Accessibility Statement for MENTAL HEALTH; HEALTH AND SOCIAL CARE: https://mhredtest.blogs.lincoln.ac.uk
This website is run by the University of Lincoln, and we want everyone using our website to have as good an experience as possible.
We have therefore applied the following accessibility standards to ensure that all users, either directly from their browser, using a plugin or assistive technology can navigate the site and access its content.
You can change the colours and contrast levels using the default controls within your browser. You can also change the font and magnify the page to a maximum of 300% without text or links spilling off the screen.
The web page can be navigated using keyboard controls. Links are highlighted by a change in border colour when highlighted. Use your keyboard to skip links. Users of screen readers can also get a list of all links on a page and understand their purpose from the link text. You may also use the ‘Skip to content’ button located at the top of each page.
Use text to speech browser plugins or screen reader assistive technologies to listen to any content selected using the mouse or keyboard. Screen readers can also help you to listen to the site content and navigate around it using menu items.
Advice on using different devices on websites is available on the My Way website.
How accessible is this website?
The Web Content Accessibility Guidelines (WCAG) define requirements for designers and developers to improve accessibility for people with disabilities. The guidelines define three levels of conformance: Level A, Level AA, and Level AAA.
This website is partially compliant with the Web Content Accessibility Guidelines version 2.1 AA standard, due to the non-compliances listed below. Partially conformant means that some parts of the content do not fully conform to the accessibility standard.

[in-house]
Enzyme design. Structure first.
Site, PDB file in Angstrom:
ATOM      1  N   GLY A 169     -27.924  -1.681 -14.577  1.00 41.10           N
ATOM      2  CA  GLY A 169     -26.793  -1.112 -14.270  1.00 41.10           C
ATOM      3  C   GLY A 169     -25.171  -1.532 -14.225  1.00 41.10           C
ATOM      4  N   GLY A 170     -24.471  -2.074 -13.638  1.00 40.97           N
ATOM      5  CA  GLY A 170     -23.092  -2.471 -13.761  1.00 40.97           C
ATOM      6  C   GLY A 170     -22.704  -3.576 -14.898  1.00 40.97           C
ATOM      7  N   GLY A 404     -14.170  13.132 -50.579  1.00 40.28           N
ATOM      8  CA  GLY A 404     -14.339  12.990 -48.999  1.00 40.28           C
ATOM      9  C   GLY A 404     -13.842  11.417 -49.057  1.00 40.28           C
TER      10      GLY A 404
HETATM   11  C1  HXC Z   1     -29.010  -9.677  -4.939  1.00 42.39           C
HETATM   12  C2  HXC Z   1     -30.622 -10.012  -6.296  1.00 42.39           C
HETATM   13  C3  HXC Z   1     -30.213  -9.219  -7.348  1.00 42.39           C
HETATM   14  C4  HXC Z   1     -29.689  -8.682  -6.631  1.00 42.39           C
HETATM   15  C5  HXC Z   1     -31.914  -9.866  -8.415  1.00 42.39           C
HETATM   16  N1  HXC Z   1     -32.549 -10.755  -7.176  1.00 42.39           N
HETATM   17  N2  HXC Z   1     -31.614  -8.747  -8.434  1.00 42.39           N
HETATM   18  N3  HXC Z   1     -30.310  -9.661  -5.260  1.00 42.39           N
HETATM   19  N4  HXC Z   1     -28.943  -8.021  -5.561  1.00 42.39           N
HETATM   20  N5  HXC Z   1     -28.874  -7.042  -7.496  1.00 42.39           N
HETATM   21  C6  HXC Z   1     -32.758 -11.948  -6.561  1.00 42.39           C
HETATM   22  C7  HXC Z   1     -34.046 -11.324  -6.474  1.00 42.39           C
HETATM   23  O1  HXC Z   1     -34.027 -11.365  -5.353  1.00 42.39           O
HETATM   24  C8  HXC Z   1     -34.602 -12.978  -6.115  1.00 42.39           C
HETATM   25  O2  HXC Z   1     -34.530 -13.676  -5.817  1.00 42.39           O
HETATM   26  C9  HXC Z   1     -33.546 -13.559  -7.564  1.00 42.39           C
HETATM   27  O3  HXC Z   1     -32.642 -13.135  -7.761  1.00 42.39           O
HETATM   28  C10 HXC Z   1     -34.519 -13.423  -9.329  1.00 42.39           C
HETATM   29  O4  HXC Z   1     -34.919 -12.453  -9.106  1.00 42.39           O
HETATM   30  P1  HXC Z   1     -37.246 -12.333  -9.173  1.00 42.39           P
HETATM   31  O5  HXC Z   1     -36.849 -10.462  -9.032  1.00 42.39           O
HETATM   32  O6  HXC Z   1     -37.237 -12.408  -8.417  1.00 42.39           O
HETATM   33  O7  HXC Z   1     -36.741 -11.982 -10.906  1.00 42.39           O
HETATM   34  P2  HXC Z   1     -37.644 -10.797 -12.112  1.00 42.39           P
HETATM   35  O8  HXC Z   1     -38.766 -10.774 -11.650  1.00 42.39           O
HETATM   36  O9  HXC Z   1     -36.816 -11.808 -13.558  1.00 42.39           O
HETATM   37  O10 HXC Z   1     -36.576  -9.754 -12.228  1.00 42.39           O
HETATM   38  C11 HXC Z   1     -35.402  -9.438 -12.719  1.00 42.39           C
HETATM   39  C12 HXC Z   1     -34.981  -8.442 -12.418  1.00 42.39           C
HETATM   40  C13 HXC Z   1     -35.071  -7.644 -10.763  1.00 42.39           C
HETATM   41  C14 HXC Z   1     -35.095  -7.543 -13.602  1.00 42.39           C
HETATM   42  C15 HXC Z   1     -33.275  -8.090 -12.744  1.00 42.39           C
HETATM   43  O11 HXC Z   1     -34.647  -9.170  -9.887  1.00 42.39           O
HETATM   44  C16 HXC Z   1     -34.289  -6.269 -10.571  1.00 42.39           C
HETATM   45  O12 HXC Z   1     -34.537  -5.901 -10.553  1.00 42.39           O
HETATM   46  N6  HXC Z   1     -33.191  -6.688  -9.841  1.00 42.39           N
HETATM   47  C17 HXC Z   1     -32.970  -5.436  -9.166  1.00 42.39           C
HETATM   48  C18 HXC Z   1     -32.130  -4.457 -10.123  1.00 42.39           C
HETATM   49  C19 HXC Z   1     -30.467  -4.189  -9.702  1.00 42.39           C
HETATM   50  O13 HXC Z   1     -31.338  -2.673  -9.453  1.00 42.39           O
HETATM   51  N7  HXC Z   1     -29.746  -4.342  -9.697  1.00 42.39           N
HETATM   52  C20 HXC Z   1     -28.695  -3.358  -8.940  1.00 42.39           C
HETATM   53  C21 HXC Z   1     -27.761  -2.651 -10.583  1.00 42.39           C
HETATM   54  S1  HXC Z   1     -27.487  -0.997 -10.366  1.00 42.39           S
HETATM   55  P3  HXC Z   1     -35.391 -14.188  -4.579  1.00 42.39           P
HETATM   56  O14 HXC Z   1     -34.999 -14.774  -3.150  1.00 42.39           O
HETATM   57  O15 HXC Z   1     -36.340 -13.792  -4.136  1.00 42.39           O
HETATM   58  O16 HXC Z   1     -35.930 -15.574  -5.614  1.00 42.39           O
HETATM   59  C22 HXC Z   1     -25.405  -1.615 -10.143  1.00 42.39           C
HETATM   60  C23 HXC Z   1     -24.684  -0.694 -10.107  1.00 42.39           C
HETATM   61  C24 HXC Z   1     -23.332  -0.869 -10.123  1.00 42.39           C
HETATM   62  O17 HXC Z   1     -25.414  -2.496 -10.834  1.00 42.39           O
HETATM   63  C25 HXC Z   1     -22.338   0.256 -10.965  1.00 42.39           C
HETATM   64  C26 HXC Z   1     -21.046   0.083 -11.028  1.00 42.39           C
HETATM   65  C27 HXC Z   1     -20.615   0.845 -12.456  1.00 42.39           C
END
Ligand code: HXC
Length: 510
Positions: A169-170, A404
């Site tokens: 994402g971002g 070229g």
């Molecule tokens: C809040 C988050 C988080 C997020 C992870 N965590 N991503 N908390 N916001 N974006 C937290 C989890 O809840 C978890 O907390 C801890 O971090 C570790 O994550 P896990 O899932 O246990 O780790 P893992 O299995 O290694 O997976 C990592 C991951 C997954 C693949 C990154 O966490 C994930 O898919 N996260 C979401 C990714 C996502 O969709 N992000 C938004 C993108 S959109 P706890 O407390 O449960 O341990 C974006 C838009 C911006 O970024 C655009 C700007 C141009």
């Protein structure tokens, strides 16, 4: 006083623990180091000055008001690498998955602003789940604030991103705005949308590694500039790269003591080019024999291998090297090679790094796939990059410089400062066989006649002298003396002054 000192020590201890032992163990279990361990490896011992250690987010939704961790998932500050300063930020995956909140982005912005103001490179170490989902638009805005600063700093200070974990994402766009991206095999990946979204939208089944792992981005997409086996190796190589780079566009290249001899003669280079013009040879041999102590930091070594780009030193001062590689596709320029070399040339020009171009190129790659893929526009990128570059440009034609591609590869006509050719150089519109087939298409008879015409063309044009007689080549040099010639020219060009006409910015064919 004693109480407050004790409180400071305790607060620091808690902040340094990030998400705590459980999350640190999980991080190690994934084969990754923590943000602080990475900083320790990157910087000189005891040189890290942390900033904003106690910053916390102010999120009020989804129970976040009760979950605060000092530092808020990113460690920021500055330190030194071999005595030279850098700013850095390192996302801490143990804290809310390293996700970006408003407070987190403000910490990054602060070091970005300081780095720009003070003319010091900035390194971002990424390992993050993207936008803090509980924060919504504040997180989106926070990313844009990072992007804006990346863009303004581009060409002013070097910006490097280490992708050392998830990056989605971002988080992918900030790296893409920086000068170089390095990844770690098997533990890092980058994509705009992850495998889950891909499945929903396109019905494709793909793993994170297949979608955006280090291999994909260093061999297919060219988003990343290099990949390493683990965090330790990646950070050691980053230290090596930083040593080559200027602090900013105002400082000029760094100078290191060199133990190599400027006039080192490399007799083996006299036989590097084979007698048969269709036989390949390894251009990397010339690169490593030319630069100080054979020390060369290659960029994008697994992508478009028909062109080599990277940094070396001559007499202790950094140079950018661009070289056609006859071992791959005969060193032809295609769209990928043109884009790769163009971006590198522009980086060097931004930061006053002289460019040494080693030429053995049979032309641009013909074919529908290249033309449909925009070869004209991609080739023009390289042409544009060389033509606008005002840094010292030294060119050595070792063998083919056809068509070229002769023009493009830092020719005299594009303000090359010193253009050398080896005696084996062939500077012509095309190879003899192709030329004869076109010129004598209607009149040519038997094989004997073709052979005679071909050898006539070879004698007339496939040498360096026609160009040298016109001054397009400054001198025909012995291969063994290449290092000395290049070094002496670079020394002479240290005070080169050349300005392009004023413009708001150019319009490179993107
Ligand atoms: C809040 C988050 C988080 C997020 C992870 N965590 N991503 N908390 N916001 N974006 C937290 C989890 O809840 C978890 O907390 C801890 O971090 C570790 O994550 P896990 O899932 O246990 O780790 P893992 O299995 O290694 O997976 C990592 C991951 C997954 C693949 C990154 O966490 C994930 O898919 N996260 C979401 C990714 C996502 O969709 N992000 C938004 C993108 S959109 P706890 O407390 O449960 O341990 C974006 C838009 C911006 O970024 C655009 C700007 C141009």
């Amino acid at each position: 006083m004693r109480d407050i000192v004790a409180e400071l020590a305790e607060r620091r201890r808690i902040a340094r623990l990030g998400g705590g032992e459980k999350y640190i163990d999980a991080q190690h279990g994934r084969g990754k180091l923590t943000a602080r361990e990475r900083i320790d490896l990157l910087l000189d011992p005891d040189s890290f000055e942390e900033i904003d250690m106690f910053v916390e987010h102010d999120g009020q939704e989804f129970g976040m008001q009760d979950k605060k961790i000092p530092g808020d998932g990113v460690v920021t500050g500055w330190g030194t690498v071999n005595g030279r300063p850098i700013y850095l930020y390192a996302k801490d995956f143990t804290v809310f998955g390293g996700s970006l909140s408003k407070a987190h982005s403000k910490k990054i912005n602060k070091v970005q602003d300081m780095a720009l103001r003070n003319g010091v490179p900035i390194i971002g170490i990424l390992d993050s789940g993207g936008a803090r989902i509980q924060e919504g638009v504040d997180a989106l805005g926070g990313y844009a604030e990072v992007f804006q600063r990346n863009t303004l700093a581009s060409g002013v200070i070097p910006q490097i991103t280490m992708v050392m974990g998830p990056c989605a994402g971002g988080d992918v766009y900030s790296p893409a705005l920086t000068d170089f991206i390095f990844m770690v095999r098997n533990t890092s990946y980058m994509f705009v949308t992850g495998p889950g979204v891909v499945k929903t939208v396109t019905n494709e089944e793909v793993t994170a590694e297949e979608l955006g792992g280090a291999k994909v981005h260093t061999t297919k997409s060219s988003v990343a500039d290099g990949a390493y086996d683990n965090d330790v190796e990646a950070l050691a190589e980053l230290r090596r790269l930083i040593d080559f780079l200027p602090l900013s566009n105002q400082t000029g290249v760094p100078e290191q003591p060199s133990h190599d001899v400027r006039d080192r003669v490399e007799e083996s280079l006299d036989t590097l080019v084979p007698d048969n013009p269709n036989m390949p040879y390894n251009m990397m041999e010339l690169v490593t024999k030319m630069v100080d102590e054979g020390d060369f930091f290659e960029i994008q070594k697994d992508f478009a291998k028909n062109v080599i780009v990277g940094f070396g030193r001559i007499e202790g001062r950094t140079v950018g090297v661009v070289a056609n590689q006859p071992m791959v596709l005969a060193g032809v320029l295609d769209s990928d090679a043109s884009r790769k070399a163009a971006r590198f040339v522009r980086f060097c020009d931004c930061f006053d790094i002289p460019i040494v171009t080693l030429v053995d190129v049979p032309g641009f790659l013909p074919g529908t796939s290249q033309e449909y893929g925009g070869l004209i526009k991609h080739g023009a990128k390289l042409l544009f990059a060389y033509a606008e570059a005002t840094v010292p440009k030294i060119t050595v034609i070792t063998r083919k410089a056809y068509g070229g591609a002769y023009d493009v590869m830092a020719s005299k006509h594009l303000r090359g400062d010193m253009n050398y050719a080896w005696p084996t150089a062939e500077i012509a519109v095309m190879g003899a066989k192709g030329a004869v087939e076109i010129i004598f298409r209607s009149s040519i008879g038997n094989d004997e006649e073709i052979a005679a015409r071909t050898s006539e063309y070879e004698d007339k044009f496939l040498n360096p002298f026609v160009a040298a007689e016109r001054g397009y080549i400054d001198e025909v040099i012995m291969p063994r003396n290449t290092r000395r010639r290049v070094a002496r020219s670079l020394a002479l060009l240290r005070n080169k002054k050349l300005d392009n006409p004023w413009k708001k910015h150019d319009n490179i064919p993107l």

We know that certain aspects of this website may prevent it from being fully accessible:
Images & video
Image content will be uploaded as JPEG or PNG and will be accompanied by alternative text. Alternative used on all images will describe what is being visually represented, not the meaning or interpretation of any artwork.
Please do notify us via email@example.com if you experience any issues with visual content on this site.
Any video content embedded into the ‘Video post’ type is hosted on YouTube and we are dependent on the accessibility features within the embedding tools provided. We will however ensure subtitles have been included on all video content produced for this website. Any video content embedded in posts and not specifically made by the University of Lincoln will rely on the accessibility features of the platform.
Alerts flagged in our testing
Testing was carried out during 03/20.
Empty headings – Some headings are not displayed, however remnants remain in the theme structure.
Empty links – empty link is on a self-contained module that doesn’t affect navigation of the site.
Colour contrast – The colour of the text and the colour of the background are not in sufficient contrast to each other. This can be changed in the accessibility toolbar.